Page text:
The normal school underwent several removals and renamings. In 1901 Gunma Girls' Normal School was established, and the Normal School of Gunma Prefecture became a boys' school. In 1943 the two prefectural normal schools (boys' and girls') were merged into Gunma Normal School, a national college: the men's department was located in Hiyoshi-cho, Maebashi and the women's department was in Wakamiya-cho, Maebashi. In 1949 the normal school was merged into Gunma University to constitute the Faculty of Liberal Arts (renamed Faculty of Education in 1966).

The Faculty of Education was removed to newborn Aramaki Campus in 1970, and former Hiyoshi Campus was abolished; former Wakamiya Campus is used by the GU-attached Elementary School and the School for Children with Special Needs.

Gunma Youth Normal School[edit]

Gunma Youth Normal School was founded in 1918 as Agricultural Training School (one-year school), which was attached to the Normal School of Gunma Prefecture. The purpose of the school was to nurture agricultural teachers. The school was later renamed Gunma Prefectural Training Center for Teachers of Adolescent Youth (a two-year school) in 1935. The purpose of the center was to nurture the teachers of youth schools (青年学校 seinen gakkō?), which were the institutions to train working youths.[3] In 1944 the Training Center was reorganized into Gunma Youth Normal School, a national college.[4] The school was removed to Takasaki to have an independent campus. Finally in 1947 the school got its campus in the former site of the Army. In 1949 the normal school was merged into Gunma University to constitute the Faculty of Liberal Arts (renamed Faculty of Education in 1966). In 1951 Takasaki Campus was abolished (see Takasaki City University of Economics).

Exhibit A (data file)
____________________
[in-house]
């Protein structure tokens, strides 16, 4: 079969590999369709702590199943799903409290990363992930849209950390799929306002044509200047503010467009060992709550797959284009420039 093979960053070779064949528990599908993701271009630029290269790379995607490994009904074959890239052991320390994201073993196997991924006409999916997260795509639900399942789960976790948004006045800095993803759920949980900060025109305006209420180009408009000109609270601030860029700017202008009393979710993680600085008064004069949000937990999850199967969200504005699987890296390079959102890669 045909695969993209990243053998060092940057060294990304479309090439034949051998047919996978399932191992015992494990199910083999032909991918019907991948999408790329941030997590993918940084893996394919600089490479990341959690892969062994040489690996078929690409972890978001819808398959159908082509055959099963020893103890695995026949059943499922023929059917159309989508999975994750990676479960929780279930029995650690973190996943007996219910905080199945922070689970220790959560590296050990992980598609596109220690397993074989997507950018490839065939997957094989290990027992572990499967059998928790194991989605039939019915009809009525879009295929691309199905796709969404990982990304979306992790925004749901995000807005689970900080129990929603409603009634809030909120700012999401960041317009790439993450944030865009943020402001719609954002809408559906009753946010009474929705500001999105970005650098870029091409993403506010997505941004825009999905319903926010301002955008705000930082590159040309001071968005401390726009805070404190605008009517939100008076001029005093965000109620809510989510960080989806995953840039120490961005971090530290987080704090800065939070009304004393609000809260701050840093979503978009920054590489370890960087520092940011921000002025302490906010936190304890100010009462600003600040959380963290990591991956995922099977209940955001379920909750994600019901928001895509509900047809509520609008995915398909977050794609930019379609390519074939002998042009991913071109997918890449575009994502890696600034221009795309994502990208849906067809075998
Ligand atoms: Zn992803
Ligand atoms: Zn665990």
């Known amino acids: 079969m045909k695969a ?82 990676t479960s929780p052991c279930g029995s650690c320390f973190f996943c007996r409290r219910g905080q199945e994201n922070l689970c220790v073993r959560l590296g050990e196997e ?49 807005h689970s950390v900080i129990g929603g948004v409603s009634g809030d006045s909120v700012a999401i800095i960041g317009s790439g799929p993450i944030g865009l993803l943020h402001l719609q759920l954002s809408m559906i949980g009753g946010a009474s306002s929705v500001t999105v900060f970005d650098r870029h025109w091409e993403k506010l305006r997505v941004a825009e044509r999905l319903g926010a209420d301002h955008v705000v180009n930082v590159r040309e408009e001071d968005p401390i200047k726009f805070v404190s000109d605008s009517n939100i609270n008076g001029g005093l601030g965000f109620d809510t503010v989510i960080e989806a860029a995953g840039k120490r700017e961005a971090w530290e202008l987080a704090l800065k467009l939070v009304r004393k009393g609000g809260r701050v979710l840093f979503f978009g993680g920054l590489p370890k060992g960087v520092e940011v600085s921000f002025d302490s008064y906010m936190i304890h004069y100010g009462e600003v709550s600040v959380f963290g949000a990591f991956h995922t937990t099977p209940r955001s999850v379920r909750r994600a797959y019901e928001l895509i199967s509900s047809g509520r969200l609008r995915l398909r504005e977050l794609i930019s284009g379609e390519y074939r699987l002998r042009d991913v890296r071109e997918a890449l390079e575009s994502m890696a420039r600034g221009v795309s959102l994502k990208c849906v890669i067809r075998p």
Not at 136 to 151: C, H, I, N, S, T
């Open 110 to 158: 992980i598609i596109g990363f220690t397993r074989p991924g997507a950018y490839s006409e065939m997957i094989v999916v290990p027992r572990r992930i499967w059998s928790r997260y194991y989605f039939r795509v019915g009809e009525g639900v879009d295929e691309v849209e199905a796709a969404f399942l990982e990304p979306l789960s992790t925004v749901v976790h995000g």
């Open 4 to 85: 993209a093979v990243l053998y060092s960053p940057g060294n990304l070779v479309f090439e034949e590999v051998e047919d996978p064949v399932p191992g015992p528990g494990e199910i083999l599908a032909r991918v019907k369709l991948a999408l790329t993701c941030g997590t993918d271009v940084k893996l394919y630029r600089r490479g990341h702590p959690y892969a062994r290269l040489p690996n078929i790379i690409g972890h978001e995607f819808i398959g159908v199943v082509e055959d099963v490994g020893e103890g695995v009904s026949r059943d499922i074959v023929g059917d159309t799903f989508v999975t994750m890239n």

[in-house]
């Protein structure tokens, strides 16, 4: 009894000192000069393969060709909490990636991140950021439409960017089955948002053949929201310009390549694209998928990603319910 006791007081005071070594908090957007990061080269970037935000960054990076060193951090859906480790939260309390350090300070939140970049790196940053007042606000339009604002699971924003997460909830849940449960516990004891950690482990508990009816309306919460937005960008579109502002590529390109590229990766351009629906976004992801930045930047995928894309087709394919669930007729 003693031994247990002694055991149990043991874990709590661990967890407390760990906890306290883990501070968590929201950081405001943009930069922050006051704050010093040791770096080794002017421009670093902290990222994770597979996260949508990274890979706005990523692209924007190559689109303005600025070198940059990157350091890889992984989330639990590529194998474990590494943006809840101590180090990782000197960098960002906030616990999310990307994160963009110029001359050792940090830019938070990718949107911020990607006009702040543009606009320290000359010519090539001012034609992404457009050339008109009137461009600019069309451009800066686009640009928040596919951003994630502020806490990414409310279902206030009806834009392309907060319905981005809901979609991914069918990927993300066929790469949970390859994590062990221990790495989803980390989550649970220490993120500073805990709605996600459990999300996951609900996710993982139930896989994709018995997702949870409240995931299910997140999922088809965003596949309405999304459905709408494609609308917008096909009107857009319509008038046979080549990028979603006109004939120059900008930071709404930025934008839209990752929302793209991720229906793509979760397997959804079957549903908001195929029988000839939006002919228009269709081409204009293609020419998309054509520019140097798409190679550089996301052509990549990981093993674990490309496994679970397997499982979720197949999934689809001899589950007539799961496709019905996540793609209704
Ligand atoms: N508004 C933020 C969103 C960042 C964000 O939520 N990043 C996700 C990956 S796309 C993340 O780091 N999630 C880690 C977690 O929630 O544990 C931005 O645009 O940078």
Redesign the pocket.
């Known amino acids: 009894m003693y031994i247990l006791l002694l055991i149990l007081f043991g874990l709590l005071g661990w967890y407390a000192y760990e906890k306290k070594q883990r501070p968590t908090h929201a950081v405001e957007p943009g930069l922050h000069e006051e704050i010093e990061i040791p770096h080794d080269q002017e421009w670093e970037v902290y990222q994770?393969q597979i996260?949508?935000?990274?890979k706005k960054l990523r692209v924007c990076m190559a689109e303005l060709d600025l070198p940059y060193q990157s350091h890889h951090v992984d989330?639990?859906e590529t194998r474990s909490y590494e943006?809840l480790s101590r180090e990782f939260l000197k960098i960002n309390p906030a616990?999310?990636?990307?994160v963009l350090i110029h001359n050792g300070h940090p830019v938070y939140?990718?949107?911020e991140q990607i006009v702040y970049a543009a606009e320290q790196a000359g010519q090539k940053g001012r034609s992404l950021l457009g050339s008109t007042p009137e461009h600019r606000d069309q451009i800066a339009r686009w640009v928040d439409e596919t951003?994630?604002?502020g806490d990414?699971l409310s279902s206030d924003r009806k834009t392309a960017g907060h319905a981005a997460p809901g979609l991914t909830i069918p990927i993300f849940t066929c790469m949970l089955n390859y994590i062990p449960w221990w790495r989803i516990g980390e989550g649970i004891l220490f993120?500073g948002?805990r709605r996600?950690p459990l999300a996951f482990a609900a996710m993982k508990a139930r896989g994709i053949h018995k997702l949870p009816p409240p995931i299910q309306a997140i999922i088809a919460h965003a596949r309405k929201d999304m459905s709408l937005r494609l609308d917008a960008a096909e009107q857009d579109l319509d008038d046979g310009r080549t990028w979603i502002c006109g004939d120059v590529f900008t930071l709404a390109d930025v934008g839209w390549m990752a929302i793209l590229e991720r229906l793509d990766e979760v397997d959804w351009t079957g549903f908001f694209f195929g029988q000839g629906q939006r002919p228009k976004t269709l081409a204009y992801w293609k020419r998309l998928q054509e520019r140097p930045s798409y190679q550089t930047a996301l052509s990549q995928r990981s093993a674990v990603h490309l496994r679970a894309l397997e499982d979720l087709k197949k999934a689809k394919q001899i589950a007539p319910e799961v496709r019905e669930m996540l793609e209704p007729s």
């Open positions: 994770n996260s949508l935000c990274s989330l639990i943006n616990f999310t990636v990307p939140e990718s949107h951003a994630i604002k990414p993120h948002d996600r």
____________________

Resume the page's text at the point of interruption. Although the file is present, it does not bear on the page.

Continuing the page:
Faculties[edit]

  • Faculty of Education (in Aramaki Campus)
  • Faculty of Social and Information Studies (in Aramaki Campus)
  • Faculty of Medicine (in Showa Campus)
  • Faculty of Engineering (in Kiryu Campus)

Graduate Schools[edit]

  • Graduate School of Education (Master's courses only)
  • Graduate School of Social and Information Studies (Master's courses only)
  • Graduate School of Medicine (Master's/Doctoral)
  • Graduate School of Engineering (Master's/Doctoral)

Institutes[edit]

  • Library and Information Technology Center
  • University Hospital (in Showa Campus)
  • Institute for Molecular and Cellular Regulation (in Showa Campus)
    • Biosignal Genome Resource Center
  • Joint Facilities for Research and Education
    • Heavy Ion Medical Center (in Showa Campus)
    • Advanced Technology Research Center (in Kiryu Campus)
    • Innovative Center for Cooperative Research (in Kiryu Campus)
    • Center for Material Research by Instrumental Analysis (in Kiryu Campus)

Sister Universities[edit]

References[edit]

  1. ^ "Gunma University: Number of Students (in Japanese)". Retrieved 2008-01-12. [dead link]
  2. ^ English names for the predecessors are according to The History of Gunma University (PDF), retrieved on 2008-01-12.
  3. ^ For more about youth schools, see MEXT: WARTIME EDUCATION: The Implementation of the Compulsory Youth School System.
  4. ^ For more about youth normal schools, see MEXT: WARTIME EDUCATION: The Strengthening of the Wartime Educational System.

External links[edit]

Coordinates: 36°25′49″N 139°02′42″E / 36.43028°N 139.04500°E / 36.43028; 139.04500